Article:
Everyone knows that mulch adds the finishing touch to landscaping, but did you know that it can also improve the health of your soil? Mulch is a multi-purpose tool with both cosmetic and physical benefits. Plus, it’s easy and inexpensive. Today we’re going to learn what mulch is, how it can help your yard, and how to mulch.

First of all, why mulch? Mulch not only adds beauty to landscaping projects, promoting neatness and uniformity, but it also improves the health of your soil. Mulch helps your soil conserve moisture, improve its fertility, and fight weed growth. With a thick layer of mulch over their heads, annual weeds (unable to receive sunlight) are far less likely to sprout and you can reduce your water usage by up to 50%. Plus, organic mulch will break down and add nutrients to the soil.

Mulch is simply a layer of material applied to the surface of an area of soil. There are many different types available including compost, plastic, rock, gravel, and rubber (which is made from recycled tires). Organic mulch is also very common. It is made from grass, leaves, hay, straw, bark, sawdust, woodchips, newspaper, cardboard, wool, manure, and more. It’s important that you research the different types of mulch beforehand so that you can find the best type for your yard, or ask a landscaping expert at your garden supply center. Each type of mulch has its pros and cons. Organic mulch, for example, will decay over time and gravel mulch works well in cooler climates because it retains heat. You probably shouldn’t use plastic mulch unless you have a large-scale vegetable garden and even then, it comes with environmental concerns.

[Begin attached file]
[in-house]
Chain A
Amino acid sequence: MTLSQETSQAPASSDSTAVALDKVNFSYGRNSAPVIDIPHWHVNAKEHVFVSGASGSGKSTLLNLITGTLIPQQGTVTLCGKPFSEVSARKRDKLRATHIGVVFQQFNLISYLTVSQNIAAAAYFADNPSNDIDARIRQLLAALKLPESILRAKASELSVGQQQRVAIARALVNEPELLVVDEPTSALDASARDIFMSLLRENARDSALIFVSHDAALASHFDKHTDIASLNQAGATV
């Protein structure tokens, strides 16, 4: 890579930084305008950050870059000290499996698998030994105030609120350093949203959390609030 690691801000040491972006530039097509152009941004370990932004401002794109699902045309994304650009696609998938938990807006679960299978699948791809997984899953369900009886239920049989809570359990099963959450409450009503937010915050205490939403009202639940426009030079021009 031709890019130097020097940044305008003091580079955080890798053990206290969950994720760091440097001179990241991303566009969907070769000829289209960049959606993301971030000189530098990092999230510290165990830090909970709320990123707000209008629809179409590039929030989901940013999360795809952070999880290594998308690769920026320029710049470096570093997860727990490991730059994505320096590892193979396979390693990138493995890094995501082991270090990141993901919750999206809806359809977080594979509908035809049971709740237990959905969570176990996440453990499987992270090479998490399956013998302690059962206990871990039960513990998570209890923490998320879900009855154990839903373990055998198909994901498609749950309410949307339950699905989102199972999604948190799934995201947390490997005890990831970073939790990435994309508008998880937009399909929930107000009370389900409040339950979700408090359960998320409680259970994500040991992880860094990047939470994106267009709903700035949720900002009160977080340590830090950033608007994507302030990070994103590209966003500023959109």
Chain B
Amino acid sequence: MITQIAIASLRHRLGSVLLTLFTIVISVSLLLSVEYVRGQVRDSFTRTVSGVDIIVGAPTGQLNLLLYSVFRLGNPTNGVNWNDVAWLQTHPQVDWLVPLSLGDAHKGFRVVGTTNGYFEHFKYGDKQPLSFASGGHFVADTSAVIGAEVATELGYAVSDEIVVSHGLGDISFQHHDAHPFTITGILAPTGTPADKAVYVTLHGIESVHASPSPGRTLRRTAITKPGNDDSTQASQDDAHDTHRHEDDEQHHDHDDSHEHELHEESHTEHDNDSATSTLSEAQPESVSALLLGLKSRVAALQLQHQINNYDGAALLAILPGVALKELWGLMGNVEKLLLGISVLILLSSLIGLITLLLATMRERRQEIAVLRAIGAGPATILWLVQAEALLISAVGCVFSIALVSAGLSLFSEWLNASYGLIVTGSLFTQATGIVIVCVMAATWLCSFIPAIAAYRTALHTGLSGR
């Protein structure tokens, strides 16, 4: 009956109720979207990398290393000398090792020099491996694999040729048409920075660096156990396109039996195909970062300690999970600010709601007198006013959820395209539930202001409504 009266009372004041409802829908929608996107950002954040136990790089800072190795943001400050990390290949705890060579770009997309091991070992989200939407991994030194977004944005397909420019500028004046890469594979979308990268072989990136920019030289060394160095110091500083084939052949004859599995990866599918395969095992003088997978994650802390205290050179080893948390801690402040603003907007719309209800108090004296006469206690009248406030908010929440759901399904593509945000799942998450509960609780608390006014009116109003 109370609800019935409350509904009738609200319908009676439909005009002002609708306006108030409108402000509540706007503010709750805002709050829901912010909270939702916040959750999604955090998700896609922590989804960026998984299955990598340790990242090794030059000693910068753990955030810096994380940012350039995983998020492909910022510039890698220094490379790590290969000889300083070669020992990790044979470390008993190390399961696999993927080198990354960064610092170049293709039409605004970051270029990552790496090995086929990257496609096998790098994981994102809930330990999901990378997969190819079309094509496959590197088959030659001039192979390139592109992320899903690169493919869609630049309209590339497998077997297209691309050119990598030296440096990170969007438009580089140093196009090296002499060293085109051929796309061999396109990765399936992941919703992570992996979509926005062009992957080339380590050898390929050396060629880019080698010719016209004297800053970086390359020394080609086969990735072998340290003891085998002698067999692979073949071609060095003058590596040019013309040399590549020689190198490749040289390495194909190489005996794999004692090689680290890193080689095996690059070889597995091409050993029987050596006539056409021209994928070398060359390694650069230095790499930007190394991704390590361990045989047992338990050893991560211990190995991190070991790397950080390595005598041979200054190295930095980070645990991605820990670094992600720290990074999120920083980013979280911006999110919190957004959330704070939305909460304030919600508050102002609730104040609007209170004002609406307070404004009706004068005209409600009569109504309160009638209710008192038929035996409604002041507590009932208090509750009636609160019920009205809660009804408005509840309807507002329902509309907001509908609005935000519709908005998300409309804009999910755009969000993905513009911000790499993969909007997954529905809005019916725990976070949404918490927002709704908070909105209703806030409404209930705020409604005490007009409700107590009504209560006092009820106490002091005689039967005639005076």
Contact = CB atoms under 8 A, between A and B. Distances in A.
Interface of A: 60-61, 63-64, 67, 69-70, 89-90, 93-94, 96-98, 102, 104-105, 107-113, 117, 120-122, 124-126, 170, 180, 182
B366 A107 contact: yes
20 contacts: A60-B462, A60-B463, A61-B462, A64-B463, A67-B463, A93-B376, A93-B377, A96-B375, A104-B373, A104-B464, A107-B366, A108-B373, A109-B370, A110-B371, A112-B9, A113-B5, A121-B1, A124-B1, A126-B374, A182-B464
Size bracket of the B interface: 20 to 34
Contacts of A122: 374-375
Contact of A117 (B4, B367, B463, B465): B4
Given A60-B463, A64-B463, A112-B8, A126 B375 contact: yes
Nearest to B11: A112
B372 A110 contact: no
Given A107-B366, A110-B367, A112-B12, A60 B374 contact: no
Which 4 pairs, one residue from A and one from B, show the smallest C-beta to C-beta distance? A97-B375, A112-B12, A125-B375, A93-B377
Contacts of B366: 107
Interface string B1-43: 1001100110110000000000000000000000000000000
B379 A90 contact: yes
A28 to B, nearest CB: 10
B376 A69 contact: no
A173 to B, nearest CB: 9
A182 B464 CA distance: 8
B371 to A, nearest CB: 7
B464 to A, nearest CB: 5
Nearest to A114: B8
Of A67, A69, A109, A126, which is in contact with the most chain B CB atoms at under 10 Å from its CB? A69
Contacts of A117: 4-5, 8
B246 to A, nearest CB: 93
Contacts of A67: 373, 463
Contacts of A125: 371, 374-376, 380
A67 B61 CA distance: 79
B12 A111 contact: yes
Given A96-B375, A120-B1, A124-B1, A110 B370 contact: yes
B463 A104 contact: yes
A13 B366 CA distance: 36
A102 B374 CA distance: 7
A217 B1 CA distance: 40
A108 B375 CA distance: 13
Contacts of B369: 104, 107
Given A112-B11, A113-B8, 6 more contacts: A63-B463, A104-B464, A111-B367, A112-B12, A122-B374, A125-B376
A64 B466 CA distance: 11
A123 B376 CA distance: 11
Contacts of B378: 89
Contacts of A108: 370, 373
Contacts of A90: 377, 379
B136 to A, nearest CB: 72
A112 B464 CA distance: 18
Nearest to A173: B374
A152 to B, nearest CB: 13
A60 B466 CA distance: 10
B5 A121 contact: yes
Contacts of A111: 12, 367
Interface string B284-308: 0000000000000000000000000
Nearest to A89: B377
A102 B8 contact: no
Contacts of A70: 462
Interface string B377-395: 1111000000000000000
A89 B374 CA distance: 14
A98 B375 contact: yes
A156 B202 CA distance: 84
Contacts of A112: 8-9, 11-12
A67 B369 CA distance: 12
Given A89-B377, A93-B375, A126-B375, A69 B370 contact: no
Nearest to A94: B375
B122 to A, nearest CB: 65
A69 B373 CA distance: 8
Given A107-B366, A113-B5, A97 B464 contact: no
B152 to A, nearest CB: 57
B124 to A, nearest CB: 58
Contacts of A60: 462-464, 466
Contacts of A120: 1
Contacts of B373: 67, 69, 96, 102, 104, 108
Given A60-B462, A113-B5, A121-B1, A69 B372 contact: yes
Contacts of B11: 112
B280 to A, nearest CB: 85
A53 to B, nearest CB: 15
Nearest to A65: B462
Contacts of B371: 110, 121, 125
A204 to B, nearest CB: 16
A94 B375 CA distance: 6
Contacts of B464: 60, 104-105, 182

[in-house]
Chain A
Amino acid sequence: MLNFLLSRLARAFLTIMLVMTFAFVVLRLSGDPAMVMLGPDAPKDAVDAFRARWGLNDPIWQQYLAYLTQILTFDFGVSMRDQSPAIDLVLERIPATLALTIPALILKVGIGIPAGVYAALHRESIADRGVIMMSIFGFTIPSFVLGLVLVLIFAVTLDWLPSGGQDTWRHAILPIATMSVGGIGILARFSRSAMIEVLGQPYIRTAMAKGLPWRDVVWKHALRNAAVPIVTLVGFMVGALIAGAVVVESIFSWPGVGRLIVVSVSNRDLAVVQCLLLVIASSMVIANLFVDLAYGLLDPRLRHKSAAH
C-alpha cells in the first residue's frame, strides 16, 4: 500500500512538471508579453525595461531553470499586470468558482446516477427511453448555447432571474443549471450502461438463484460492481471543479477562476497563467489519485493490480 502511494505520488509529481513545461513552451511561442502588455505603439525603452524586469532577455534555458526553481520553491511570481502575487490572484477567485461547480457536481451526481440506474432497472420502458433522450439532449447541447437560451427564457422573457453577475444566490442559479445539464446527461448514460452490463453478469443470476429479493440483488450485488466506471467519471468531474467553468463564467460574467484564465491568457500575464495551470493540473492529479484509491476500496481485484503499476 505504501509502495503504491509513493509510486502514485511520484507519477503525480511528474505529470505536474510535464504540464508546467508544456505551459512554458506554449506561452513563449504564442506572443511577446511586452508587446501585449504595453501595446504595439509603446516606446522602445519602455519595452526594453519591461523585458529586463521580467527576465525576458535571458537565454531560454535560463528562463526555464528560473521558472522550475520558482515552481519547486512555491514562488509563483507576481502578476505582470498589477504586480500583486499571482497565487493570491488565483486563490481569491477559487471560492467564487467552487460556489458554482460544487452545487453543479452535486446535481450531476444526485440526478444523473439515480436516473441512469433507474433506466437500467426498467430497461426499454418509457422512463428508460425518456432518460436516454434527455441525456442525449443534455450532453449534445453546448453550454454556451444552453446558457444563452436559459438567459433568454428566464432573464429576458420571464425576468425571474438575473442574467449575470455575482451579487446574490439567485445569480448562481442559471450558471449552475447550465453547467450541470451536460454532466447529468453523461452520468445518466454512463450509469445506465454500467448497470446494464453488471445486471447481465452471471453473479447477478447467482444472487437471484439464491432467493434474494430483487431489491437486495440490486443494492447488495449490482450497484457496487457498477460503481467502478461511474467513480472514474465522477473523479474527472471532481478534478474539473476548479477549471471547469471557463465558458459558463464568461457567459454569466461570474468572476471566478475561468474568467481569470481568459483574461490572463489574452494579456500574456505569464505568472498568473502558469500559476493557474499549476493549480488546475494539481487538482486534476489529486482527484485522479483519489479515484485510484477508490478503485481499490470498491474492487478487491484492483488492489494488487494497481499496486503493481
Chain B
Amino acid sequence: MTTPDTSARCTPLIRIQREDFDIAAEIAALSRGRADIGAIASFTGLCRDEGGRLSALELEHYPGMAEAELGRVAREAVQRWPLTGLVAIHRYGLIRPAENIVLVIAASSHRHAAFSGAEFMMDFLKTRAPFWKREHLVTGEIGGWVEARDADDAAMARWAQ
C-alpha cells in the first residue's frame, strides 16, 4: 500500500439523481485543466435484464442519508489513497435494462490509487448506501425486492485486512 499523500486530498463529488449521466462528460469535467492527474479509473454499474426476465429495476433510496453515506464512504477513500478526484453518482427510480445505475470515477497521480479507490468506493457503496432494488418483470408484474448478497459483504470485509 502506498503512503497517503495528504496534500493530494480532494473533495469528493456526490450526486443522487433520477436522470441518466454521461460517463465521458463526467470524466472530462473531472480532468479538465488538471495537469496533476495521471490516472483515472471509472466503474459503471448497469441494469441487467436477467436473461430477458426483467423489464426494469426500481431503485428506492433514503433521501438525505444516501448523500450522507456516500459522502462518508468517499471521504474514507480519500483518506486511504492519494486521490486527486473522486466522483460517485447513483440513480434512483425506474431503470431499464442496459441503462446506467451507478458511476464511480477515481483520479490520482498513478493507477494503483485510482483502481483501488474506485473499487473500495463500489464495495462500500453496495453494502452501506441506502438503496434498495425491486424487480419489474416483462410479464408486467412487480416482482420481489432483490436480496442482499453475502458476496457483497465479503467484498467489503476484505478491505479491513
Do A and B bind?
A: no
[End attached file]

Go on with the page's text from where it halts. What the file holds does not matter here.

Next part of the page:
Now, let’s learn how to mulch. Mulching is a great idea in the late spring or early summer because that’s when the moisture level is still high and you’ve probably started planting new vegetation. Mulch will stabilize the temperature and moisture of the soil (which is important during the constantly changing weather of spring) and protect plants on cold nights. Organic mulch is recommended for home gardens. It is inexpensive, will break down eventually, and can be applied easily by hand or with a rake.

To begin, pull any weeds and loosen the soil a bit. Then, start adding your mulch. Don’t be afraid to pile it high; mulch will settle and decompose, so you should start with a generous layer. The mulch can be up to 6 inches high, though 2-4 is the minimum. This layer of mulch, of course, should not cover your plants; leave 4-5 inches of breathing room around any flowers, shrubs, and trees so that they get plenty of water.

If you don’t get around to it in the spring, it is very important to learn how to mulch before winter arrives. Surround plants with mulch before the winter cold sets in to protect them from extreme temperature, dry spells, and frost heaving.

Finally, if you’re worried about sod or dense weeds, you should place a layer of newspaper beneath your mulch (this will prevent sunlight from reaching the weeds). Like your mulch, it will decompose naturally. And if you’ve reason to fear termites, take care not to place mulch too close to your home. Stay several inches away for proper pest protection, as wood mulch is a very attractive food source for termites.

Now that you’ve learned how to mulch and why it’s important, I hope you’ll consider adding some mulch to your yard. It’s simple, easy, beautiful, and very healthy. Your garden will thank you!